Yesterday evening I stood apron-clad in my kitchen, mixing a chocolate cake and chatting with Josiah. At first the conversation centered mostly on politics and government, and in particular his attempt to explain something to me about communism and inflation, I cant remember…
But then abruptly he said “Momma, I’m glad you and Daddy help people with the Trauma Healing ministry. Even though you have to travel sometimes, I like what you are doing….there are so many people in the world who are hurting. Someday..”, he said quietly “you can teach me how to help people. I will learn to be a Trauma Healing facilitator and I will go with you to help children.” There was a long pause as I poured cake batter into the greased pan and slid it into the oven while nodding my head slowly. There was more coming and I did not want to interrupt him.
“Momma…”, he began again “There are too many people in the world who have had trauma, who have seen and experienced bad things…I have seen bad things. In the orphanage I saw bad things. And I know how those people are hurting.” He paused and blinked very very hard to keep back the tears, but they were coming on fast now. I could feel my heart crushing, breaking, melting in my chest. Josiah does not cry, usually. He always fights tears. But he was losing the battle this time. I held out my arms and he came to me, buried his dark head against my broken heart and sobbed.
What could I say? It was true. You cannot be abandoned in a lonely park at age two (I’ve been to that park and that place -and it is dolefully dark and lonely), spend the next five or six years in an overcrowded orphanage, where you are not allowed to go to school or even outside to play… a child cannot endure this without pain. And it is the kind of hidden, gnawing, eat-away-at-your-insides kind of pain. “I’m sorry, son.” I said simply. But my whole heart was in those words. What I would give to snatch him up the very minute his China mother let him go! How often have I prayed for her? I pray that somehow she knows he is safe and well and loved.
“Momma…” he lifted his head to me “What exactly do you teach the people in Trauma Healing to help with their pain?”
So I walked him to the kitchen table and took the little book we use with children and showed him the first two lessons. I explained how we talk about God being with us in our pain. And how we teach big people and little children that their hearts can have wounds which are a lot like physical wounds. He chimed in “This is true! I know what a heart wound is. My heart is hurting. It must be wounded. I have seen too much…” he shook his head sadly. “But how can it get better?”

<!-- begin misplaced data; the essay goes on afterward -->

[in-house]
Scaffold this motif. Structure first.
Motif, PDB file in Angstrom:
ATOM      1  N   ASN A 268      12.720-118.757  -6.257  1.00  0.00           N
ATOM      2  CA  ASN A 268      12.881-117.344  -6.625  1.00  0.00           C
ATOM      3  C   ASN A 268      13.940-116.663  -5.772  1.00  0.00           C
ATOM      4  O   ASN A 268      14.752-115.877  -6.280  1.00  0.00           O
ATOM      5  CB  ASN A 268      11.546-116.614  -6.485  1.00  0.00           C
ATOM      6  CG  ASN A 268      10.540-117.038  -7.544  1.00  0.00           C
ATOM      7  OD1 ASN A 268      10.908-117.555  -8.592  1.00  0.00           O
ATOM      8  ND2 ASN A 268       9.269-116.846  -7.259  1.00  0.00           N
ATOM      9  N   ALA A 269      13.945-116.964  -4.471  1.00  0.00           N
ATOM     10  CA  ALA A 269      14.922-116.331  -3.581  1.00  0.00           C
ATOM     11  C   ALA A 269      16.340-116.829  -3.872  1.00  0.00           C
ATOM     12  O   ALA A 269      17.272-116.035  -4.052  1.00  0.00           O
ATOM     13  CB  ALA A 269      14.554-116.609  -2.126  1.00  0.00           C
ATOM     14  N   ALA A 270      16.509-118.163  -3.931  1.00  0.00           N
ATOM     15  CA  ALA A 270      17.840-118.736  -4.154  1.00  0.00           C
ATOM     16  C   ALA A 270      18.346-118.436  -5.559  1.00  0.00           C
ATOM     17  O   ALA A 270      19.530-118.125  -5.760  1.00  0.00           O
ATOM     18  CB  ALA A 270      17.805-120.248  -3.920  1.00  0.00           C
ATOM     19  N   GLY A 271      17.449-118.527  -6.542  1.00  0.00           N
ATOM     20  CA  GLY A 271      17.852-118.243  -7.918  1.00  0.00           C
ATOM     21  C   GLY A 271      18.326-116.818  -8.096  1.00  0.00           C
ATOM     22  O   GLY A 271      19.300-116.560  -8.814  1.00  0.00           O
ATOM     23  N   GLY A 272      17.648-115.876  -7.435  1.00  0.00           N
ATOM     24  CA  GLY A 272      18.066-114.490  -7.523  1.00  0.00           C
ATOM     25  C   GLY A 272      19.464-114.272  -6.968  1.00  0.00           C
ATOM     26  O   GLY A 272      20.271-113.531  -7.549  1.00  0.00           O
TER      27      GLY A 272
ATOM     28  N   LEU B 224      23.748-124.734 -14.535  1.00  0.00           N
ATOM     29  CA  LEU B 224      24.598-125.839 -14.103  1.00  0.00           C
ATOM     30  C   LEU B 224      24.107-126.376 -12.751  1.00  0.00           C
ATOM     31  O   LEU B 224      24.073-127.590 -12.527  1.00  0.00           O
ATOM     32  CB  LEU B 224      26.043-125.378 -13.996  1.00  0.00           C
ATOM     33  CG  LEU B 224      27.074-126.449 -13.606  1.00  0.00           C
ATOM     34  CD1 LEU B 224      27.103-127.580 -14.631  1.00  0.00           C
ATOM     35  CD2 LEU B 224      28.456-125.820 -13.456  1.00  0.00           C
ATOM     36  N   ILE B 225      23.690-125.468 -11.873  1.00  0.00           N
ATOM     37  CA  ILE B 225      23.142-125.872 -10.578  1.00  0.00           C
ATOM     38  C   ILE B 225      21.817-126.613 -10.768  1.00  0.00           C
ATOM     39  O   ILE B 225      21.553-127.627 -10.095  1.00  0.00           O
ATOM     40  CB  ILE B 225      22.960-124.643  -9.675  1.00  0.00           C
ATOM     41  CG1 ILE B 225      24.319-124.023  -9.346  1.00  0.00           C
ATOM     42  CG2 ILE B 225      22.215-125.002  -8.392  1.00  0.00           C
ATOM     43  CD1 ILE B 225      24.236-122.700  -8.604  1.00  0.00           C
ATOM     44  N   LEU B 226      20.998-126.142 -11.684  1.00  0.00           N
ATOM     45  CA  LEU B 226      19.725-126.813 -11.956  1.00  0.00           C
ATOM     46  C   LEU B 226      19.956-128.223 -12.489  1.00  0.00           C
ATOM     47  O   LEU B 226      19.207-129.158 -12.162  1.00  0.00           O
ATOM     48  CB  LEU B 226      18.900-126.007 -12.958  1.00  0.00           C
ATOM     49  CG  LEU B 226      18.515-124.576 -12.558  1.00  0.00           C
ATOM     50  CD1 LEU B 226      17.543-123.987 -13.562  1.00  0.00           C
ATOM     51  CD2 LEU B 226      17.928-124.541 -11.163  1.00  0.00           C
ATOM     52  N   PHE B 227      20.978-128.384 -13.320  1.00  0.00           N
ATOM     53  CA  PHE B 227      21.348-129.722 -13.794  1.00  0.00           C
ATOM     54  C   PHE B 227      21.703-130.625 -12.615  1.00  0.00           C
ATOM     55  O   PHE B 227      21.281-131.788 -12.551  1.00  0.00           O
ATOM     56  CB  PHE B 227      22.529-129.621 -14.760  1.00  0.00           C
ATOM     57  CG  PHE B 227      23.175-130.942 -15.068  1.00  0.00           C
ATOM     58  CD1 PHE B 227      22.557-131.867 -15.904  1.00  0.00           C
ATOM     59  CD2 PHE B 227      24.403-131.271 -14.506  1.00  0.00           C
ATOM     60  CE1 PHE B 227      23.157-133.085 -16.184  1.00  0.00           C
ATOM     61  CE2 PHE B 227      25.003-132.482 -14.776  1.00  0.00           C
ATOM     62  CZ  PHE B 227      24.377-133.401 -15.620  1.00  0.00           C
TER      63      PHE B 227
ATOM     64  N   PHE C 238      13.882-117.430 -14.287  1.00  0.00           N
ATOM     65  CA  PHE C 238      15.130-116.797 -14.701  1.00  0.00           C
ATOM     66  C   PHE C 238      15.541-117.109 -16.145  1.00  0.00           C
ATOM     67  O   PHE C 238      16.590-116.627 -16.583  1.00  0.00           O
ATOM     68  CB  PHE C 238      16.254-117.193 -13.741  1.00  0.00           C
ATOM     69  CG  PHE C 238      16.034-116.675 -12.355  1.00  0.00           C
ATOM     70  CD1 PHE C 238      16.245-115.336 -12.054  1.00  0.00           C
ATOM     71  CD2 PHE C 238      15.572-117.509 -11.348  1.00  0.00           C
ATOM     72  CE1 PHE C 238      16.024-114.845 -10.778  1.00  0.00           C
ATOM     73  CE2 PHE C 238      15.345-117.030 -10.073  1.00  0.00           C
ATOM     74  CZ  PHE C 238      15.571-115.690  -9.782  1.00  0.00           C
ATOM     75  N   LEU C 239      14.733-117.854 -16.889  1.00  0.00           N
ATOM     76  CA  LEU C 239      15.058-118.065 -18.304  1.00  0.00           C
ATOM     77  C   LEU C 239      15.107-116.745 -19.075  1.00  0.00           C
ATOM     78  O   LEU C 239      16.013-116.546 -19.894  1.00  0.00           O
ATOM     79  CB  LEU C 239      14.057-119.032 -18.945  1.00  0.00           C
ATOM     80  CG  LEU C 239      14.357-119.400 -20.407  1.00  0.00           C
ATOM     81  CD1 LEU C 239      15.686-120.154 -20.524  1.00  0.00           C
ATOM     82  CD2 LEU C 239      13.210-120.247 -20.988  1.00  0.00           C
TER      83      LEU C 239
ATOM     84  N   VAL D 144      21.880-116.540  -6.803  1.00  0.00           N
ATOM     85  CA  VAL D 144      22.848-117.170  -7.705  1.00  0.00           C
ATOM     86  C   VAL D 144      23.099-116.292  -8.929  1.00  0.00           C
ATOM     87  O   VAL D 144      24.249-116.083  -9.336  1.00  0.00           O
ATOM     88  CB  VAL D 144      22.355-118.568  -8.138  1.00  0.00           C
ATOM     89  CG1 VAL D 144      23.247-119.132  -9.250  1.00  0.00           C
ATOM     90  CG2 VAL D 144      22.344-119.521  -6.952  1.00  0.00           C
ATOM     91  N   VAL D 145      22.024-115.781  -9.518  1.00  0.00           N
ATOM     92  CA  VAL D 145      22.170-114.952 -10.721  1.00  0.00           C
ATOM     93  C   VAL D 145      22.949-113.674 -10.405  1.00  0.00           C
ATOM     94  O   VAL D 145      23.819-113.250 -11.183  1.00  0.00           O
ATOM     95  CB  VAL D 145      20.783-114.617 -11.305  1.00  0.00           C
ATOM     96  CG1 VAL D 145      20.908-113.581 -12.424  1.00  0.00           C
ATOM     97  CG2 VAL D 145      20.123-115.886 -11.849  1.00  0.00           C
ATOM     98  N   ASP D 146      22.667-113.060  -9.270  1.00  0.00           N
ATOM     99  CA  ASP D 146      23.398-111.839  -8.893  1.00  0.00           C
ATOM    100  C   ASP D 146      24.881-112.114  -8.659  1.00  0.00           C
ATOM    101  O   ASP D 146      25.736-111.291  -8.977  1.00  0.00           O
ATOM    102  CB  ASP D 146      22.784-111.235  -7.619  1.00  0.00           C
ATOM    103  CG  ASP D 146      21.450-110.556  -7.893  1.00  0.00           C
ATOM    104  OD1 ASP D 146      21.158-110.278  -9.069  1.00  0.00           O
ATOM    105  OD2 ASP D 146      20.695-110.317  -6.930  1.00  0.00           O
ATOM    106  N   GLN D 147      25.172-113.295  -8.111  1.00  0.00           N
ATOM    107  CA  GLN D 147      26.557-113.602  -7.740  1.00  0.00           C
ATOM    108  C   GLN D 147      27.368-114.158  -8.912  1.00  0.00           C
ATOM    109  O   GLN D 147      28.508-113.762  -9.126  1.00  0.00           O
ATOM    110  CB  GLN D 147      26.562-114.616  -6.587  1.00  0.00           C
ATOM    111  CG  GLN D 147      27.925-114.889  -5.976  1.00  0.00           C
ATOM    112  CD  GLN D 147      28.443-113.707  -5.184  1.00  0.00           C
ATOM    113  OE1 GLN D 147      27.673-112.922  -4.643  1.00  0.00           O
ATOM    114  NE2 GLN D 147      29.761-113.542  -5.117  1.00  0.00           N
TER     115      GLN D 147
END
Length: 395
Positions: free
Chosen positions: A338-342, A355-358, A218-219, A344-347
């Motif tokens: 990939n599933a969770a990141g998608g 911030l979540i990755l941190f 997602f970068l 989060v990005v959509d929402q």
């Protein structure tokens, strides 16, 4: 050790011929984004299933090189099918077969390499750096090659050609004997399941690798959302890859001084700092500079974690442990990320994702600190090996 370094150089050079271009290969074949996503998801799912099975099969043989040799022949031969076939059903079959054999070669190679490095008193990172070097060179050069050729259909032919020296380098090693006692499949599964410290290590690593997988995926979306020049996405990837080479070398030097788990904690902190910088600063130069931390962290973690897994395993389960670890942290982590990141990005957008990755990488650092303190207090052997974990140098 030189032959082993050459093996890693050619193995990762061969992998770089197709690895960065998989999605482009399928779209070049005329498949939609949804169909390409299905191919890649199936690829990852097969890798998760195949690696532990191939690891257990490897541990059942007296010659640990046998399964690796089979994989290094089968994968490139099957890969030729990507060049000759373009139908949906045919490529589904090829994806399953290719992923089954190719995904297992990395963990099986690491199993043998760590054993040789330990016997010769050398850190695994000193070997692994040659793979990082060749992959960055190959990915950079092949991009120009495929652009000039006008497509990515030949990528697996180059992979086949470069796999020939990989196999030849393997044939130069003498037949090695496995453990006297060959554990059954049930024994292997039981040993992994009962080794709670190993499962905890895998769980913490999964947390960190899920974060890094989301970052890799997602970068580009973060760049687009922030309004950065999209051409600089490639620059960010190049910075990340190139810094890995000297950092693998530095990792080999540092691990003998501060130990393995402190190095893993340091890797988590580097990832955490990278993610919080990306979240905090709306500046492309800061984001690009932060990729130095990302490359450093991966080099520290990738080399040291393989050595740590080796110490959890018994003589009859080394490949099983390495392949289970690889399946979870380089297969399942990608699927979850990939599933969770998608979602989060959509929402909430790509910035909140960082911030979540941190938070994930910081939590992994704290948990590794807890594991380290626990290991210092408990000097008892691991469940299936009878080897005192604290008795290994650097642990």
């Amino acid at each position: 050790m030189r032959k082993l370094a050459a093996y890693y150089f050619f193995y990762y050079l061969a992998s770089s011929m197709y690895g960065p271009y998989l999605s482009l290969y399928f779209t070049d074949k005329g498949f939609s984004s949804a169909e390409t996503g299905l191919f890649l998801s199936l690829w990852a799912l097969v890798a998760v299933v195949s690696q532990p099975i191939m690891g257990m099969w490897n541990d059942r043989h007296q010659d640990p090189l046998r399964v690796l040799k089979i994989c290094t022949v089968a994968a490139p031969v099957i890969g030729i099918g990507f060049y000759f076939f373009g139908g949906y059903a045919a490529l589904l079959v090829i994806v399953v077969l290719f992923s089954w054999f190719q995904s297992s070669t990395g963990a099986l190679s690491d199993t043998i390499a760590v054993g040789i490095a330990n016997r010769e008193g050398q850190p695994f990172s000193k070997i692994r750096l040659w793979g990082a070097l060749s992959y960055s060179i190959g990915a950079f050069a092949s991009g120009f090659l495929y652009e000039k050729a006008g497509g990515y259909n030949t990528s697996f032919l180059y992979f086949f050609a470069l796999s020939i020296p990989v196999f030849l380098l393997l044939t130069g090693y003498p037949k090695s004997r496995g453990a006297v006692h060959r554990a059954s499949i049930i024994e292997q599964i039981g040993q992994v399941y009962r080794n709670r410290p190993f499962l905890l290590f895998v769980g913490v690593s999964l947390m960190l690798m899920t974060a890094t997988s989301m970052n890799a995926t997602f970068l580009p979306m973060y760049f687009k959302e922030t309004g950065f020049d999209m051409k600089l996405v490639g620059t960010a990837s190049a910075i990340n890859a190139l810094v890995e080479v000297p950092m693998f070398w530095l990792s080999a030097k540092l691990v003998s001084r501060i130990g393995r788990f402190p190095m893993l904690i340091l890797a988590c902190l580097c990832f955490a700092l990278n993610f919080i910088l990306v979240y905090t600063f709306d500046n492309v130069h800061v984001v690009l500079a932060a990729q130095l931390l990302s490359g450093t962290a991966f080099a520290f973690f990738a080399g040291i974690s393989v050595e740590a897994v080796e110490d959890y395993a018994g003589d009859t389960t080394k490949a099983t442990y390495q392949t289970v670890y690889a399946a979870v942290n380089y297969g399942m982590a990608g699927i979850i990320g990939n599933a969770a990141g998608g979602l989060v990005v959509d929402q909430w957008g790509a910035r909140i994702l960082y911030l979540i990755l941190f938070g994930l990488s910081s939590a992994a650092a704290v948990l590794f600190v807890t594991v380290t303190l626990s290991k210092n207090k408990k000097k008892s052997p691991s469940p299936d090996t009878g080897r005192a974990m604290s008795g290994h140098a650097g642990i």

So I explained to him that heart wounds need to be cleaned out, just like a physical wound. We do this by talking about our pain and the sadness we feel. We talk to God but we also talk to other people. I gently told him that it is very important not to keep the bad stuff inside and that sometimes we can just talk to someone we know and sometimes we need to go to a pastor or a special counselor.
Then I hung up my apron, took his hand, and we went for a walk. We walked and he talked. Then we sat on Aunt Stephanie’s trampoline and looked up at the evening sky and he talked some more. He agonized over the other orphans he once knew, especially the fate of the sick and disabled. He passionately raged against the machine of communism and the systemic abuse that allows children to be “thrown away like trash!”. “One day”, he said “I will go to other children, like the ones in South Sudan, and I will teach them Trauma Healing, and they will listen to me because they will know I care about them. They will know I understand trauma.” he said earnestly, trying to wrench purpose and meaning from his own experience. I listened and loved him more, praying that some way he would know how much. When he was tired and spent, we prayed together. We asked God to heal those deep and painful hurts. There is still a lot of work to do. But it was a good beginning.
At bedtime, he bounced into our room ready for a story. “Momma!” I looked up into his face “Thank you. I already feel better.”